What is Foot Traffic? How To Measure It?

One may likely have heard that location is everything. When it comes to choosing a company site, though, there are numerous factors to consider. This choice is influenced by elements such as foot traffic, walkability, neighbourhood demographics, and community data.

Foot traffic is an essential metric for determining the location of a firm, store, or service area based on the number of people who walk or drive by daily. This means that one must consider how accessible their place is and how it promotes itself via visibility and high foot traffic.

Before deciding to open a store, a company’s research group studies the foot traffic in the area at various times of the day and week. It is a crucial metric for traders since people walking around a certain location usually affects sales levels. In other words, the greater the number of pedestrians, the more probable it is that a firm will sell.

But what is foot traffic exactly, why is it important, and how to measure foot traffic? Here’s a guide. 

What Is Foot Traffic?

Foot traffic refers to the number of people who walk into or around a given area at a specific time.

It is a metric used by business owners and retail store owners to evaluate or measure the effectiveness and value of a commercial facility.

Before opening a shop or establishing a store, research groups measure foot traffic for the area, which is necessary to determine whether the location is profitable.

They also measure foot traffic during peak hours to determine what time of day or week foot traffic is the highest. This helps determine if shoppers will be able to purchase specific items and how much footfall impacts sales.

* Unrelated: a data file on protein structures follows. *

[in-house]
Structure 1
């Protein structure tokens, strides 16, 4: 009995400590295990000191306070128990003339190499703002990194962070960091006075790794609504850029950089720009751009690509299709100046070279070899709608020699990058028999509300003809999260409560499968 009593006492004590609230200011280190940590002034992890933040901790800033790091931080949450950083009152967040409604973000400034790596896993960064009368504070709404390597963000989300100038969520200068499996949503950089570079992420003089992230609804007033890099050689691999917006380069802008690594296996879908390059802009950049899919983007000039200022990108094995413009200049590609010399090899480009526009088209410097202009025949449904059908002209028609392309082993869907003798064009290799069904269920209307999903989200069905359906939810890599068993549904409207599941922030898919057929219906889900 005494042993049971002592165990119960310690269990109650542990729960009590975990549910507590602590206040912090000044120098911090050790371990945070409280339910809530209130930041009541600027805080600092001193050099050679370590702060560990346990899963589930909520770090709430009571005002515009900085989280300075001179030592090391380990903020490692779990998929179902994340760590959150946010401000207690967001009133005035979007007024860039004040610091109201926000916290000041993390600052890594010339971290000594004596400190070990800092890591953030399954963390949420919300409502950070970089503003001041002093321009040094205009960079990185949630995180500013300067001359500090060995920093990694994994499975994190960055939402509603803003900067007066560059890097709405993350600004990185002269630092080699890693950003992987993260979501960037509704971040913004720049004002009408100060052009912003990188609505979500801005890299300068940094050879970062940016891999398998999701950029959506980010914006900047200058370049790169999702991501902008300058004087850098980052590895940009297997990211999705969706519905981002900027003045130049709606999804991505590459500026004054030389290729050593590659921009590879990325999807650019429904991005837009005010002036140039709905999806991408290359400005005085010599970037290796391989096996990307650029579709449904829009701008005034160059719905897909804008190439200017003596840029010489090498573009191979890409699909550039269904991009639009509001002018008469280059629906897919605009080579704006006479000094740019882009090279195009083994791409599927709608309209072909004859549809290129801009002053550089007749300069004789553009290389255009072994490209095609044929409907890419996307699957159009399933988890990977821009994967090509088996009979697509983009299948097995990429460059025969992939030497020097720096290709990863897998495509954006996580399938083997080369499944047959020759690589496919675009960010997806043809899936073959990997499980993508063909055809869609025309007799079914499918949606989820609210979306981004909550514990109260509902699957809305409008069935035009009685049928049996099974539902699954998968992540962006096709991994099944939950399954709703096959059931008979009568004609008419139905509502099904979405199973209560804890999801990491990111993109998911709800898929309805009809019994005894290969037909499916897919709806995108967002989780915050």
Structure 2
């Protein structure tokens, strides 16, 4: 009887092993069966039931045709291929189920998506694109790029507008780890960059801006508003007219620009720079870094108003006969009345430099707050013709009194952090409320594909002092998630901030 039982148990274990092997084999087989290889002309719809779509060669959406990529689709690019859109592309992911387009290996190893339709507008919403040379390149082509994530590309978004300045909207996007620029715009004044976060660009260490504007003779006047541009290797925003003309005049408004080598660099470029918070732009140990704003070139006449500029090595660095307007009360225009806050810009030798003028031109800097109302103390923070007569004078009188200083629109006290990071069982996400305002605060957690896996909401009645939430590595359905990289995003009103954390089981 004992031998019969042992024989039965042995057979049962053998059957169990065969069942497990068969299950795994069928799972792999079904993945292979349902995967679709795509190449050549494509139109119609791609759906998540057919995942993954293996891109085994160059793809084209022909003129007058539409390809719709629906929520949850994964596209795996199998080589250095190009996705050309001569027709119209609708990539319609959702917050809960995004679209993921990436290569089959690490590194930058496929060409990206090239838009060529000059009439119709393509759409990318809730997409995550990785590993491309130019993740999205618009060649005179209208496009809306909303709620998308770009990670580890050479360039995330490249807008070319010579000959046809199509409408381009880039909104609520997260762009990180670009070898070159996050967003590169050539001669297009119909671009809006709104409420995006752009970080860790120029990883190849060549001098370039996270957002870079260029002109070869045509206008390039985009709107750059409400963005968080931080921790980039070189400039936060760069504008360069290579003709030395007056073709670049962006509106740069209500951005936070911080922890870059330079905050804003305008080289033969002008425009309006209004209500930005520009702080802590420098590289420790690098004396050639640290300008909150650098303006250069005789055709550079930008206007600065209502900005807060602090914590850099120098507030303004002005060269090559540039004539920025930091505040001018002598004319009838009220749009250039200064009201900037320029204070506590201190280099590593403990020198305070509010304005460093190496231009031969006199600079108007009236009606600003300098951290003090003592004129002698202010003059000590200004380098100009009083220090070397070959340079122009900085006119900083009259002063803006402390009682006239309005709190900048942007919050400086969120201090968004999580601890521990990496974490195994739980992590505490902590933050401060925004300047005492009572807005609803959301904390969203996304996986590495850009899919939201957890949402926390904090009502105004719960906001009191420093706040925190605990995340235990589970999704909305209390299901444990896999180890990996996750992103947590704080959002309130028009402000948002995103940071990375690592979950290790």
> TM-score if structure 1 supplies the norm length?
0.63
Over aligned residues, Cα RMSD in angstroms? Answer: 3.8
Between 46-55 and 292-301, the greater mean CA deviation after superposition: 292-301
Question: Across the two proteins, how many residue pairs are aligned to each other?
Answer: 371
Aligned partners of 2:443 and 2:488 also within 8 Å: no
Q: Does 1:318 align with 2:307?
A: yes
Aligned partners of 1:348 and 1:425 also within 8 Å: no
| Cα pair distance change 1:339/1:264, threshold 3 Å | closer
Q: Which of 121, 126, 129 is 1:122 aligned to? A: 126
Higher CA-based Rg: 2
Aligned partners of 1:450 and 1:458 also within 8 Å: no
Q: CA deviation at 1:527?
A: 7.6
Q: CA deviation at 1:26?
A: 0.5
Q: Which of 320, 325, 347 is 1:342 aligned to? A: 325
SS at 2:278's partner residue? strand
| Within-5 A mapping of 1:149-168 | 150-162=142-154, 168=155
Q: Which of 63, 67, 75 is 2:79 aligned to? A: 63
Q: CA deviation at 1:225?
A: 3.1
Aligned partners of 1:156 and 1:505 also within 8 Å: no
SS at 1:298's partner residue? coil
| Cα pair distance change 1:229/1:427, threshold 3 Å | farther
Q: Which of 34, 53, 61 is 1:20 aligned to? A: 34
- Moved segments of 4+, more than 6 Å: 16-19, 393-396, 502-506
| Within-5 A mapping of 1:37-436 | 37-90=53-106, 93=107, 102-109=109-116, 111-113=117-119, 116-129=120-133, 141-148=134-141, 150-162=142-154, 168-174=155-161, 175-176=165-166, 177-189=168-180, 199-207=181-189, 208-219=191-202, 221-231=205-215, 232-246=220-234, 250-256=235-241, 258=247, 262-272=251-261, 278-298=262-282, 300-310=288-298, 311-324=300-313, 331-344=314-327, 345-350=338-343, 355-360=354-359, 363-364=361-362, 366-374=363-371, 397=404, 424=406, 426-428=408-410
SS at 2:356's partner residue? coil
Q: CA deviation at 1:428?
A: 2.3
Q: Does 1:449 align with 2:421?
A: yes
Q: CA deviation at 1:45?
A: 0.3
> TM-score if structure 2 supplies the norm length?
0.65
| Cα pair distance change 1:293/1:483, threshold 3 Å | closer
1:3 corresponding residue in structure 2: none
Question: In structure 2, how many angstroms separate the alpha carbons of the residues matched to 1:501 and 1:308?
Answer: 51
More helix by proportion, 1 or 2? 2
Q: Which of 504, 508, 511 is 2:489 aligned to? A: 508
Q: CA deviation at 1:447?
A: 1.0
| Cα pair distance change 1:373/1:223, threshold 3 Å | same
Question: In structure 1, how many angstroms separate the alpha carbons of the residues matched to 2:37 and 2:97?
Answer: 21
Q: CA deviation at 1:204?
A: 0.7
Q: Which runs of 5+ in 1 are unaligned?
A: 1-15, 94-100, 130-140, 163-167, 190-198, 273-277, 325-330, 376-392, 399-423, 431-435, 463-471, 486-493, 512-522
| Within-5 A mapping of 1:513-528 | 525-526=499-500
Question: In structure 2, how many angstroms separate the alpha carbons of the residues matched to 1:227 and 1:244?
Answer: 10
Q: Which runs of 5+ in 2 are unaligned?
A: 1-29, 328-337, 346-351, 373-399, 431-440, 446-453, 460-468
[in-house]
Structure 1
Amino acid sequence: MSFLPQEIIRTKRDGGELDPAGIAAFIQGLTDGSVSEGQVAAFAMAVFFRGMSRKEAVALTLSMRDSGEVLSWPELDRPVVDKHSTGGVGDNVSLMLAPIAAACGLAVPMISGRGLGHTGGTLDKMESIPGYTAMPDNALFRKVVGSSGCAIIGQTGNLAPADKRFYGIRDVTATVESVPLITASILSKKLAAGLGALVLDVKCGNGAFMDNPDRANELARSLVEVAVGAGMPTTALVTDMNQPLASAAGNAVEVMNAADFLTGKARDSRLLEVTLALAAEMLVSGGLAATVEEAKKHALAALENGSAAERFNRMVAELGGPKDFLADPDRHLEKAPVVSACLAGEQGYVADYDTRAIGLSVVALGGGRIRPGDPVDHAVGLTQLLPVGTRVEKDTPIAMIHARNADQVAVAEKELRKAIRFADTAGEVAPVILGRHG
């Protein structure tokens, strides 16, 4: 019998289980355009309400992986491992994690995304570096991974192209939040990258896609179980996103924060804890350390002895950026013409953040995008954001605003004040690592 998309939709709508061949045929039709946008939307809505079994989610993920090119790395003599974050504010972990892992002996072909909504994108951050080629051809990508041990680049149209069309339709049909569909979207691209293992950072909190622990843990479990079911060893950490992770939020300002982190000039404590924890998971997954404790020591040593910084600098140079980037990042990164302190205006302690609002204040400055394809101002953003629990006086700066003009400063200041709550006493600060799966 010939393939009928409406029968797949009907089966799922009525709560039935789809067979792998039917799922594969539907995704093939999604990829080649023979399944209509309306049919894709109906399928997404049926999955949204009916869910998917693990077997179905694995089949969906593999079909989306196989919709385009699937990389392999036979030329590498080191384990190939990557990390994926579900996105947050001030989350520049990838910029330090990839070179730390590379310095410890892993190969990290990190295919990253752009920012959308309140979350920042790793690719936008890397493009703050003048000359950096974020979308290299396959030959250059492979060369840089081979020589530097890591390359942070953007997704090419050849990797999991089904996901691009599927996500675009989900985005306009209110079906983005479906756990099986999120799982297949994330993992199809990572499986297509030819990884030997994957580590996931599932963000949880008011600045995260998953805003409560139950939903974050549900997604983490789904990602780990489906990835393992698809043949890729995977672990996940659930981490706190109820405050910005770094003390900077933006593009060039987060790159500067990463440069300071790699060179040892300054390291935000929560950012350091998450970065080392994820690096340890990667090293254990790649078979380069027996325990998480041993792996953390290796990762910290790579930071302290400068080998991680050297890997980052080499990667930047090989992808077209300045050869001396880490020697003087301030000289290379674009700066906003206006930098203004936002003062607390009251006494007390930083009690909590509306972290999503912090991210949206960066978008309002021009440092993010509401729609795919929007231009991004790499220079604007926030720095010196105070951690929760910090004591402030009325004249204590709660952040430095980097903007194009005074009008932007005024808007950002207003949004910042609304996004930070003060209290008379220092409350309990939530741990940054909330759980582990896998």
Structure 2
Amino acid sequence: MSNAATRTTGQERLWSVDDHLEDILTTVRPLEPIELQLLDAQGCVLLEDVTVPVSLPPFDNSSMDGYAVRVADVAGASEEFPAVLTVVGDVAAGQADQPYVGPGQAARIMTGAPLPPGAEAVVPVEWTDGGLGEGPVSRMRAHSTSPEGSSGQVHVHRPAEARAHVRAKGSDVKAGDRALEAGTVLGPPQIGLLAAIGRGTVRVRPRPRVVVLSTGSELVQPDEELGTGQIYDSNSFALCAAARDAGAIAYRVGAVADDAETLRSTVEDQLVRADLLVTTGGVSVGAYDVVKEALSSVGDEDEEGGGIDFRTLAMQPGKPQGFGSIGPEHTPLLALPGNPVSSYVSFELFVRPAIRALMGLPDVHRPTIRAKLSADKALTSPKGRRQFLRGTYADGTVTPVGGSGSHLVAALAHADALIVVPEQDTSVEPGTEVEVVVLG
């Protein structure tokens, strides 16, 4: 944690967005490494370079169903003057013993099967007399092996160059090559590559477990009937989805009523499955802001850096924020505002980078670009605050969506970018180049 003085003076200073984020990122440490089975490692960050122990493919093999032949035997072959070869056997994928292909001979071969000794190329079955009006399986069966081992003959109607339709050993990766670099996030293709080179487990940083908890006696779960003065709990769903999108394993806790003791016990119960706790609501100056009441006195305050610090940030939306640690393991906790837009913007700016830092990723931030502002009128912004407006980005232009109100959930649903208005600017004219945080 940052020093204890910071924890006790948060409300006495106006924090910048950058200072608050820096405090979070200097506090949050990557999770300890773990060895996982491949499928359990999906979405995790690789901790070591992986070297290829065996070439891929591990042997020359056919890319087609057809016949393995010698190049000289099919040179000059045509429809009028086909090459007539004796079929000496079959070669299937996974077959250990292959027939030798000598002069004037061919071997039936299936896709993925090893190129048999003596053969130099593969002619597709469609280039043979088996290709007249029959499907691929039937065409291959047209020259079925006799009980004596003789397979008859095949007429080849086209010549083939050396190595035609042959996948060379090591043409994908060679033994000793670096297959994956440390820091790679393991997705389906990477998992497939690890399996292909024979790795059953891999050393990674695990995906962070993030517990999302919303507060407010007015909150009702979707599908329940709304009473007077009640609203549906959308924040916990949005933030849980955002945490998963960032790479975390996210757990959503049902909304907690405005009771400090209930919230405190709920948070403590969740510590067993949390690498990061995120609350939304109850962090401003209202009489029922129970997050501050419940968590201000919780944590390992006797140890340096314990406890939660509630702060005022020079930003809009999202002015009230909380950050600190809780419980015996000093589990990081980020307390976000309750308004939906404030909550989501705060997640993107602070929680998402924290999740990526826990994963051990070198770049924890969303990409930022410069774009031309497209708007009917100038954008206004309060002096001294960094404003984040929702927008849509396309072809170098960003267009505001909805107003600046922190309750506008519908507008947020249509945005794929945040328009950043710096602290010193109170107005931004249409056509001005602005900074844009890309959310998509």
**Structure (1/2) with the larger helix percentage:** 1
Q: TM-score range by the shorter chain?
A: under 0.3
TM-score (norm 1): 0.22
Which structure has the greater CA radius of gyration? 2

The Importance Of Foot Traffic

It is important to measure foot traffic because it can be a predictor of the success of a business.

As foot traffic increases, so does the demand for products and services. When footfall is low, profits suffer as shoppers eventually seek retail spaces with a greater population of potential buyers. This metric also makes it easier to find areas that will best suit the needs of a business.

Besides this, measuring foot traffic is important as it helps:

Measure And Enhance Marketing Efforts

Tracking foot traffic and footfall is necessary to enhance the effectiveness of a marketing strategy.

The foot traffic can inform a company about its target audience – primarily, how many people buy their products or services as opposed to those who just browse. This information can be used by marketers to better focus their advertising and promotions on only those interested in their products.

Moreover, it can also help measure marketing campaign components and answer questions like whether social media ads and Google ads drive more store visits or whether the displays resonate with customers.

This metric also helps determine in which areas a business can best spend in advertising to increase traffic.

Understand The Local Economy And Demographics

Foot traffic provides insight into the local economy and demographics. By tracking footfall, it is possible to see how many people walk by a store during a week or month, then compare it with the same period in the previous year.

If foot traffic has increased or decreased, it can provide information on how well or poorly the economy is doing at that moment. For example, footfall may have fallen during a recession since people are less likely to buy items they do not need, so merchants see reduced demand for their products. But foot traffic increases towards the end of recovery since consumers become more willing to spend.

Likewise, foot traffic can determine the demographic makeup in a certain area. By determining how many people walk by an establishment, it is possible to understand the age and gender demographics in that place based on footfall patterns.

Improve Understanding Of Customer Behaviour